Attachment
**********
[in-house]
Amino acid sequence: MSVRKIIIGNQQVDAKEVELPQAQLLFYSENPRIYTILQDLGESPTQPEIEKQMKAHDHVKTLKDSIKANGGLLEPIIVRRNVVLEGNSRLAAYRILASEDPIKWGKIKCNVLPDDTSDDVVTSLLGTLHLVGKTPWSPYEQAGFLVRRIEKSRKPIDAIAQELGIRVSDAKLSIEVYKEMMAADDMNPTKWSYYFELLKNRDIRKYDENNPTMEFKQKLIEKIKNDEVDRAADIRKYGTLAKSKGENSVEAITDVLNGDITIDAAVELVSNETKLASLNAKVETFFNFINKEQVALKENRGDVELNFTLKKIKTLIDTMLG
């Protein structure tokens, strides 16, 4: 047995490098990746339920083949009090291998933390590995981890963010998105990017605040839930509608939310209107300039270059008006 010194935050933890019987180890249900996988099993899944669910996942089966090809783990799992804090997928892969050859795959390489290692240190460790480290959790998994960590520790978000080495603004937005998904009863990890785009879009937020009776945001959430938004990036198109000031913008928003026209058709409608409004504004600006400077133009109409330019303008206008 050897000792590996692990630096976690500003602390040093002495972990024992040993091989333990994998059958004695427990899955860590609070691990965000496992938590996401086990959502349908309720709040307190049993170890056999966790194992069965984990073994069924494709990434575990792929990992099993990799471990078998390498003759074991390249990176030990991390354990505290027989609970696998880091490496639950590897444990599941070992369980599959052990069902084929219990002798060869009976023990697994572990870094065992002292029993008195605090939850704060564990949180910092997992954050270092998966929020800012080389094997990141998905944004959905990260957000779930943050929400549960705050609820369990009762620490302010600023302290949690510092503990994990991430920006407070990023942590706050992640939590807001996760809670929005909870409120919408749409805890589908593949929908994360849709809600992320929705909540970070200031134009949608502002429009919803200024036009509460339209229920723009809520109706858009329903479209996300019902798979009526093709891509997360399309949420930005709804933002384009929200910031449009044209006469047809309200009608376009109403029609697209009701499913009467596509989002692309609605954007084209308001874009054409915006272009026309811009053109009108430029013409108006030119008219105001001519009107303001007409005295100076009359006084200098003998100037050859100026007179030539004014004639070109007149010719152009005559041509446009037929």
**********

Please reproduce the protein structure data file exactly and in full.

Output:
[in-house]
Amino acid sequence: MSVRKIIIGNQQVDAKEVELPQAQLLFYSENPRIYTILQDLGESPTQPEIEKQMKAHDHVKTLKDSIKANGGLLEPIIVRRNVVLEGNSRLAAYRILASEDPIKWGKIKCNVLPDDTSDDVVTSLLGTLHLVGKTPWSPYEQAGFLVRRIEKSRKPIDAIAQELGIRVSDAKLSIEVYKEMMAADDMNPTKWSYYFELLKNRDIRKYDENNPTMEFKQKLIEKIKNDEVDRAADIRKYGTLAKSKGENSVEAITDVLNGDITIDAAVELVSNETKLASLNAKVETFFNFINKEQVALKENRGDVELNFTLKKIKTLIDTMLG
């Protein structure tokens, strides 16, 4: 047995490098990746339920083949009090291998933390590995981890963010998105990017605040839930509608939310209107300039270059008006 010194935050933890019987180890249900996988099993899944669910996942089966090809783990799992804090997928892969050859795959390489290692240190460790480290959790998994960590520790978000080495603004937005998904009863990890785009879009937020009776945001959430938004990036198109000031913008928003026209058709409608409004504004600006400077133009109409330019303008206008 050897000792590996692990630096976690500003602390040093002495972990024992040993091989333990994998059958004695427990899955860590609070691990965000496992938590996401086990959502349908309720709040307190049993170890056999966790194992069965984990073994069924494709990434575990792929990992099993990799471990078998390498003759074991390249990176030990991390354990505290027989609970696998880091490496639950590897444990599941070992369980599959052990069902084929219990002798060869009976023990697994572990870094065992002292029993008195605090939850704060564990949180910092997992954050270092998966929020800012080389094997990141998905944004959905990260957000779930943050929400549960705050609820369990009762620490302010600023302290949690510092503990994990991430920006407070990023942590706050992640939590807001996760809670929005909870409120919408749409805890589908593949929908994360849709809600992320929705909540970070200031134009949608502002429009919803200024036009509460339209229920723009809520109706858009329903479209996300019902798979009526093709891509997360399309949420930005709804933002384009929200910031449009044209006469047809309200009608376009109403029609697209009701499913009467596509989002692309609605954007084209308001874009054409915006272009026309811009053109009108430029013409108006030119008219105001001519009107303001007409005295100076009359006084200098003998100037050859100026007179030539004014004639070109007149010719152009005559041509446009037929």